That inspired the formation of the CTN’s Community Advisory Committee in 1993. Jacquie says, “As we went along, it became very clear we needed to work together more closely.”
Looking back on those early days, Jacquie points out this was before the widespread use of emails and internet. “We used to ship huge binders containing the trials for review to all the members of the various committees. And I remember staying up until 3am, sometimes 6am, transcribing dictations from Dr. Donald Zarowny’s Scientific Review Committee reviews so they would be ready in the morning.” On top of everything, Jacquie proofread all the French material and translations.
By then, activists around the world were already well established and lobbying governments, pleading for new treatments and improved access to treatments, imploring for education in schools, and pushing for an end to systemic discrimination. The AIDS Memorial Quilt was first displayed in 1987. ACT UP was launched that same year. And in 1991, the first annual AIDS Awareness Week was held across Canada. Jacquie recalls joining research colleagues and community activists in street marches, demanding expanded access to treatment.
Then in 1996, the World AIDS Conference came to Vancouver, along with the announcement of a successful treatment — antiretrovirals — that quickly became the new standard of care. It was a major turning point in the HIV epidemic.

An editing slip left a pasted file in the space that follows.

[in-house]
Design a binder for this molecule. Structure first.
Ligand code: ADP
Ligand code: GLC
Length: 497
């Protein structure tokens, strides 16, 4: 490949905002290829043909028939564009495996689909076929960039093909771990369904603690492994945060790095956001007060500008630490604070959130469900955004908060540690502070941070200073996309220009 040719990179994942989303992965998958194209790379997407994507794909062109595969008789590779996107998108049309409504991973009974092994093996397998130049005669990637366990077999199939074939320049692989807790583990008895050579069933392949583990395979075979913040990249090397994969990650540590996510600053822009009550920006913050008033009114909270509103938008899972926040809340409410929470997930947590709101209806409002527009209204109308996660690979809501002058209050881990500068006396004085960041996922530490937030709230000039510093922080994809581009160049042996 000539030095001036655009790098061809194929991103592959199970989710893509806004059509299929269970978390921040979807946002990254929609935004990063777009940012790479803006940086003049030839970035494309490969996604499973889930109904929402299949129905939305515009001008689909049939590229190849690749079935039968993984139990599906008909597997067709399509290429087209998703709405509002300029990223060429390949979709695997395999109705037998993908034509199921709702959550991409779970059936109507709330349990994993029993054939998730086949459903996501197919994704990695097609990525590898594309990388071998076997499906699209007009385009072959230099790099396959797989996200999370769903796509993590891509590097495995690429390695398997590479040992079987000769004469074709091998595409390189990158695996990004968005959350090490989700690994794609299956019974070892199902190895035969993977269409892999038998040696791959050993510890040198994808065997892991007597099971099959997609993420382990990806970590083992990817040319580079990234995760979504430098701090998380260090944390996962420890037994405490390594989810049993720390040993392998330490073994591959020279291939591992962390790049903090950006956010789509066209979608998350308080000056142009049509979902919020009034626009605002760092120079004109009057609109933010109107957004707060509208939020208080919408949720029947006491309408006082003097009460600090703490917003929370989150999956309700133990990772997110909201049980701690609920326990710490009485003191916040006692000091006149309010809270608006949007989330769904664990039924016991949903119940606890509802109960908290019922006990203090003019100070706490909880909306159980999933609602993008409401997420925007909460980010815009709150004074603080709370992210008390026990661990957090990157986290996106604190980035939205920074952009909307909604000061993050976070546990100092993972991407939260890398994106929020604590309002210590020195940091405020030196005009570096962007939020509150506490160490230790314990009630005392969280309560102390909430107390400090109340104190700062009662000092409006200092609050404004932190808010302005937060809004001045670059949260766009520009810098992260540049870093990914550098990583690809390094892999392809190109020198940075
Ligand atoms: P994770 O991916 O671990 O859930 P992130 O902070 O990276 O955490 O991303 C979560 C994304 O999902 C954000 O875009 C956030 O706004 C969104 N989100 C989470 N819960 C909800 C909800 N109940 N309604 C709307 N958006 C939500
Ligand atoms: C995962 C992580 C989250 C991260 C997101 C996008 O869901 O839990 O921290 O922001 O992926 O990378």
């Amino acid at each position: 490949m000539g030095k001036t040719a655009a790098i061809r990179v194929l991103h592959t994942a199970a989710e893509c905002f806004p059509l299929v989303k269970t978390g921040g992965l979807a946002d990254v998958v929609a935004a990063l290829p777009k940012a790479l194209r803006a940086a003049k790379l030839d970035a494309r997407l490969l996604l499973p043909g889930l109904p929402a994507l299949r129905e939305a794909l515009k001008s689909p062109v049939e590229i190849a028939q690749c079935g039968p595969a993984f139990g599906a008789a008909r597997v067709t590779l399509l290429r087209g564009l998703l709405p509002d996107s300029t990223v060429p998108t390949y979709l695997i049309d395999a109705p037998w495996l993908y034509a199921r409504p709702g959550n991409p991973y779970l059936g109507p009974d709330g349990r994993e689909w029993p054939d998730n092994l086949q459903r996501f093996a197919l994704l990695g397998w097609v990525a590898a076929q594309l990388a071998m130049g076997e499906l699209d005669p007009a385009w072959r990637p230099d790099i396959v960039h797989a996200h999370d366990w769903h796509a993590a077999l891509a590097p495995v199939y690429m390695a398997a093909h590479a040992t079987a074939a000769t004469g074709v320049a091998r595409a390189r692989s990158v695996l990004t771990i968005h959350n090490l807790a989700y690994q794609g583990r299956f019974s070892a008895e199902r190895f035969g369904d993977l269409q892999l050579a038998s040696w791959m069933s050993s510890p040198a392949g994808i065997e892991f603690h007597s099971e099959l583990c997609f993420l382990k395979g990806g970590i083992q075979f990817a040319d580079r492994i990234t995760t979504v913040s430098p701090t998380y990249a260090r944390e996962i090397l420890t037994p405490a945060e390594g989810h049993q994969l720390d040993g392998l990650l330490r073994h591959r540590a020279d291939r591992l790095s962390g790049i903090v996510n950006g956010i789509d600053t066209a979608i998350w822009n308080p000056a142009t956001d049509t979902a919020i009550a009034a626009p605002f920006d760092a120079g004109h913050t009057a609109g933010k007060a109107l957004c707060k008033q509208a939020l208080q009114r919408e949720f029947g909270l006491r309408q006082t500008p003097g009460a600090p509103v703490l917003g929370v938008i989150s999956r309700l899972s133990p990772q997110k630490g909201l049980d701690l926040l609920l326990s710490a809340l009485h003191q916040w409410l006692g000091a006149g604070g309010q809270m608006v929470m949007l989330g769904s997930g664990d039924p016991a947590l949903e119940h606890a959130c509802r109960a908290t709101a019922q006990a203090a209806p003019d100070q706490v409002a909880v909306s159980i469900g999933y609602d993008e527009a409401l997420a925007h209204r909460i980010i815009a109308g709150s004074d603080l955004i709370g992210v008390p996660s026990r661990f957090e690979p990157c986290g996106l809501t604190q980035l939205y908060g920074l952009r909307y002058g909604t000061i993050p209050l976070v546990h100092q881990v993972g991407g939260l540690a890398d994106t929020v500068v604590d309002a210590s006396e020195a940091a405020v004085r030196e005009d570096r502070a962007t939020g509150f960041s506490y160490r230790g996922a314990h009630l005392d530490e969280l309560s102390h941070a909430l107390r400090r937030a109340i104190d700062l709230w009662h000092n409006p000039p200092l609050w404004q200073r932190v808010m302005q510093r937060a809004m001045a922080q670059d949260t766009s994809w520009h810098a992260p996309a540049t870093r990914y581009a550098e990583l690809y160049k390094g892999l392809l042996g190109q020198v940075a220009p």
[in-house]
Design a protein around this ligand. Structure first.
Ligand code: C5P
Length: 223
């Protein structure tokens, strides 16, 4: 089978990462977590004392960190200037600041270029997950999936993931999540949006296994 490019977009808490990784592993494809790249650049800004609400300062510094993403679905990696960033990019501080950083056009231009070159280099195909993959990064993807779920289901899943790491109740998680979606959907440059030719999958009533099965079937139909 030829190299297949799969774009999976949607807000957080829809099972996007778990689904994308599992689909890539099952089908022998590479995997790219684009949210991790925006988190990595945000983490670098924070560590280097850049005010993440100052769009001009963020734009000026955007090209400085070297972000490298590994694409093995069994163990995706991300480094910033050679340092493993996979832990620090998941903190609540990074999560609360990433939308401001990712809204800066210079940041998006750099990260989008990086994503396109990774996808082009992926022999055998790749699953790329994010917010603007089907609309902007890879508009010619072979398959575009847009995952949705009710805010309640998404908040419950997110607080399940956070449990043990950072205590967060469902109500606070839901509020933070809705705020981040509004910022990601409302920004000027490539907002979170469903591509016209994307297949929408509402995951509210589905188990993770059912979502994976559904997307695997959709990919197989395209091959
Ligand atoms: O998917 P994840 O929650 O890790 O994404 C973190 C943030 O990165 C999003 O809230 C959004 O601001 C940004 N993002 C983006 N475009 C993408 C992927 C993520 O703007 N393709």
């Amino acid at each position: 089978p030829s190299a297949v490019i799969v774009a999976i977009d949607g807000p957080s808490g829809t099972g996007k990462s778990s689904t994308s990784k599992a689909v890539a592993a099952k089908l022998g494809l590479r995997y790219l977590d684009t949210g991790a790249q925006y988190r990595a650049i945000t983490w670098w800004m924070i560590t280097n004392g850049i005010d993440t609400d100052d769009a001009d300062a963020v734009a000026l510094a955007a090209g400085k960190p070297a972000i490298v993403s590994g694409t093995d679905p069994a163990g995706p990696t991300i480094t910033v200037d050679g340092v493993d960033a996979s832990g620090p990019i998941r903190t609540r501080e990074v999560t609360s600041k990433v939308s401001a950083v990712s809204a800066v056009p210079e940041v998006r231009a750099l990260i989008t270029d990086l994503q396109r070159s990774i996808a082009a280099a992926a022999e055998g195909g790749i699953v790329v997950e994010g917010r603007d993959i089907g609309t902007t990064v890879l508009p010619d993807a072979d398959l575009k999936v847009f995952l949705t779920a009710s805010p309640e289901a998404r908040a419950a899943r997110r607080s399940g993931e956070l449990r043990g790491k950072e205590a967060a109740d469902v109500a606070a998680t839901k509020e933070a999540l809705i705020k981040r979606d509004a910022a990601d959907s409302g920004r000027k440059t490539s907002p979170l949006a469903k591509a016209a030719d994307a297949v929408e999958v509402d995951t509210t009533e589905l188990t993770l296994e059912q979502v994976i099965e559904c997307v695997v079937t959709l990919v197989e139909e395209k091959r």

At the CTN, the semi-annual meetings had grown significantly. Jacquie’s French-language skills and outgoing personality endeared her to all, and she helped connect the different groups at these face-to-face events. Both Joel and Dr. Sharon Walmsley, CTN National Co-Director, specifically point out Jacquie’s ability to drive a bargain with the hotels, getting as many perks as possible.
“She was the one person who was a constant for the people who are not based in Vancouver and would only see each other at these semi-annual meetings,” explains Dr. Aslam Anis, CTN National Director. “Jacquie welcomed everybody and she was the person they could all count on as the face of the CTN through all these meetings.”
Then Jacquie took over the Postdoctoral Fellowship Program in 2008, which was originally called the Associateship Program. “We had maybe two, three, or four associates at the beginning, and then it started building up,” says Jacquie.
To help expand the program, Jacquie lobbied pharmaceutical companies and other organizations for funds to support more fellows. In 2010, the program added an international fellow. Jacquie then obtained funding for the international postdocs to participate in the 2015 AIDS Conference in Durban and organized a symposium where they were able to present to Canada’s federal minister of health.